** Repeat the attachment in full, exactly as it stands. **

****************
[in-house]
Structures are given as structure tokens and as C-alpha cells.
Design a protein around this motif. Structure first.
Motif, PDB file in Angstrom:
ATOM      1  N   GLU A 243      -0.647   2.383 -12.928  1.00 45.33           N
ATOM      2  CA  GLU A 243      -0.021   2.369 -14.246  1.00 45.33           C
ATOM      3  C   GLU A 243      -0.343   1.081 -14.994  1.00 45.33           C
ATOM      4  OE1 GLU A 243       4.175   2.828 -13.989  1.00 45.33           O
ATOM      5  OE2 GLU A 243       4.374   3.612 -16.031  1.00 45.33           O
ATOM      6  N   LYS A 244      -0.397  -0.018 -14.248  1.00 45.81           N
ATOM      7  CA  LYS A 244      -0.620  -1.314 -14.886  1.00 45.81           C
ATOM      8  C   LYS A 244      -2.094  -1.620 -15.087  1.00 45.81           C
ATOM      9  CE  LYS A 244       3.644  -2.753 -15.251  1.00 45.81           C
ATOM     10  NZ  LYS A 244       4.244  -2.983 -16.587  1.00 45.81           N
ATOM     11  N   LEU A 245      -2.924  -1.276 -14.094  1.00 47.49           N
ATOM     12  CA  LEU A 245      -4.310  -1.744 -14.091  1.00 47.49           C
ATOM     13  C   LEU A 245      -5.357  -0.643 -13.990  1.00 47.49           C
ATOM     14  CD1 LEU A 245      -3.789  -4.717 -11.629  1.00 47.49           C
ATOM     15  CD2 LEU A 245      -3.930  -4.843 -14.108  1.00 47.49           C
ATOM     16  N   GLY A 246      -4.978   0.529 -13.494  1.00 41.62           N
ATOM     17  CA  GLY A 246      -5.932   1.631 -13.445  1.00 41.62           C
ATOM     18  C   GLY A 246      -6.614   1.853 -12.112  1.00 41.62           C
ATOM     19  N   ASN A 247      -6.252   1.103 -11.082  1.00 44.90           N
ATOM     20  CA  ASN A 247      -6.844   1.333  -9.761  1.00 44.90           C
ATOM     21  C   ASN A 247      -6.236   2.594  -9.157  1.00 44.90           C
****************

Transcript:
[in-house]
Structures are given as structure tokens and as C-alpha cells.
Design a protein around this motif. Structure first.
Motif, PDB file in Angstrom:
ATOM      1  N   GLU A 243      -0.647   2.383 -12.928  1.00 45.33           N
ATOM      2  CA  GLU A 243      -0.021   2.369 -14.246  1.00 45.33           C
ATOM      3  C   GLU A 243      -0.343   1.081 -14.994  1.00 45.33           C
ATOM      4  OE1 GLU A 243       4.175   2.828 -13.989  1.00 45.33           O
ATOM      5  OE2 GLU A 243       4.374   3.612 -16.031  1.00 45.33           O
ATOM      6  N   LYS A 244      -0.397  -0.018 -14.248  1.00 45.81           N
ATOM      7  CA  LYS A 244      -0.620  -1.314 -14.886  1.00 45.81           C
ATOM      8  C   LYS A 244      -2.094  -1.620 -15.087  1.00 45.81           C
ATOM      9  CE  LYS A 244       3.644  -2.753 -15.251  1.00 45.81           C
ATOM     10  NZ  LYS A 244       4.244  -2.983 -16.587  1.00 45.81           N
ATOM     11  N   LEU A 245      -2.924  -1.276 -14.094  1.00 47.49           N
ATOM     12  CA  LEU A 245      -4.310  -1.744 -14.091  1.00 47.49           C
ATOM     13  C   LEU A 245      -5.357  -0.643 -13.990  1.00 47.49           C
ATOM     14  CD1 LEU A 245      -3.789  -4.717 -11.629  1.00 47.49           C
ATOM     15  CD2 LEU A 245      -3.930  -4.843 -14.108  1.00 47.49           C
ATOM     16  N   GLY A 246      -4.978   0.529 -13.494  1.00 41.62           N
ATOM     17  CA  GLY A 246      -5.932   1.631 -13.445  1.00 41.62           C
ATOM     18  C   GLY A 246      -6.614   1.853 -12.112  1.00 41.62           C
ATOM     19  N   ASN A 247      -6.252   1.103 -11.082  1.00 44.90           N
ATOM     20  CA  ASN A 247      -6.844   1.333  -9.761  1.00 44.90           C
ATOM     21  C   ASN A 247      -6.236   2.594  -9.157  1.00 44.90           C